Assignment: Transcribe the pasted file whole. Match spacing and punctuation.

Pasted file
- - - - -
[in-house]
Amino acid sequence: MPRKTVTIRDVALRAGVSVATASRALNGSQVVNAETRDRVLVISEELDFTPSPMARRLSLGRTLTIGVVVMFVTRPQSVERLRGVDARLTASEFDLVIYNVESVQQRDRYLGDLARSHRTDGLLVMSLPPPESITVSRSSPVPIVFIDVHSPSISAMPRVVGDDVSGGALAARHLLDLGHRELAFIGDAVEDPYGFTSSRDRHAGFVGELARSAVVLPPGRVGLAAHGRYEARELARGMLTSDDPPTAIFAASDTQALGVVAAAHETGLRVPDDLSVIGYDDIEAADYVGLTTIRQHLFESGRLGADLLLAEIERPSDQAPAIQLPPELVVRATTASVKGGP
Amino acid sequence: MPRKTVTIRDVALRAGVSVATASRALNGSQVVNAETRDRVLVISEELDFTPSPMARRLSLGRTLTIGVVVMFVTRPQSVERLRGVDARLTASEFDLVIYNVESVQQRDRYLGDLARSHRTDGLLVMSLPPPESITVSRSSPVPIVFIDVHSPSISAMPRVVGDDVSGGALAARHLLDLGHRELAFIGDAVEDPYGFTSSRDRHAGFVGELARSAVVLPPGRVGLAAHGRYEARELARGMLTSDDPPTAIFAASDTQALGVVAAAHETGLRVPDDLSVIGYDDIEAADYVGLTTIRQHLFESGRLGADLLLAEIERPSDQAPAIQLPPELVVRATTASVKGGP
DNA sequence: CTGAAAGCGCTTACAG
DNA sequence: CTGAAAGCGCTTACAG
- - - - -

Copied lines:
[in-house]
Amino acid sequence: MPRKTVTIRDVALRAGVSVATASRALNGSQVVNAETRDRVLVISEELDFTPSPMARRLSLGRTLTIGVVVMFVTRPQSVERLRGVDARLTASEFDLVIYNVESVQQRDRYLGDLARSHRTDGLLVMSLPPPESITVSRSSPVPIVFIDVHSPSISAMPRVVGDDVSGGALAARHLLDLGHRELAFIGDAVEDPYGFTSSRDRHAGFVGELARSAVVLPPGRVGLAAHGRYEARELARGMLTSDDPPTAIFAASDTQALGVVAAAHETGLRVPDDLSVIGYDDIEAADYVGLTTIRQHLFESGRLGADLLLAEIERPSDQAPAIQLPPELVVRATTASVKGGP
Amino acid sequence: MPRKTVTIRDVALRAGVSVATASRALNGSQVVNAETRDRVLVISEELDFTPSPMARRLSLGRTLTIGVVVMFVTRPQSVERLRGVDARLTASEFDLVIYNVESVQQRDRYLGDLARSHRTDGLLVMSLPPPESITVSRSSPVPIVFIDVHSPSISAMPRVVGDDVSGGALAARHLLDLGHRELAFIGDAVEDPYGFTSSRDRHAGFVGELARSAVVLPPGRVGLAAHGRYEARELARGMLTSDDPPTAIFAASDTQALGVVAAAHETGLRVPDDLSVIGYDDIEAADYVGLTTIRQHLFESGRLGADLLLAEIERPSDQAPAIQLPPELVVRATTASVKGGP
DNA sequence: CTGAAAGCGCTTACAG
DNA sequence: CTGAAAGCGCTTACAG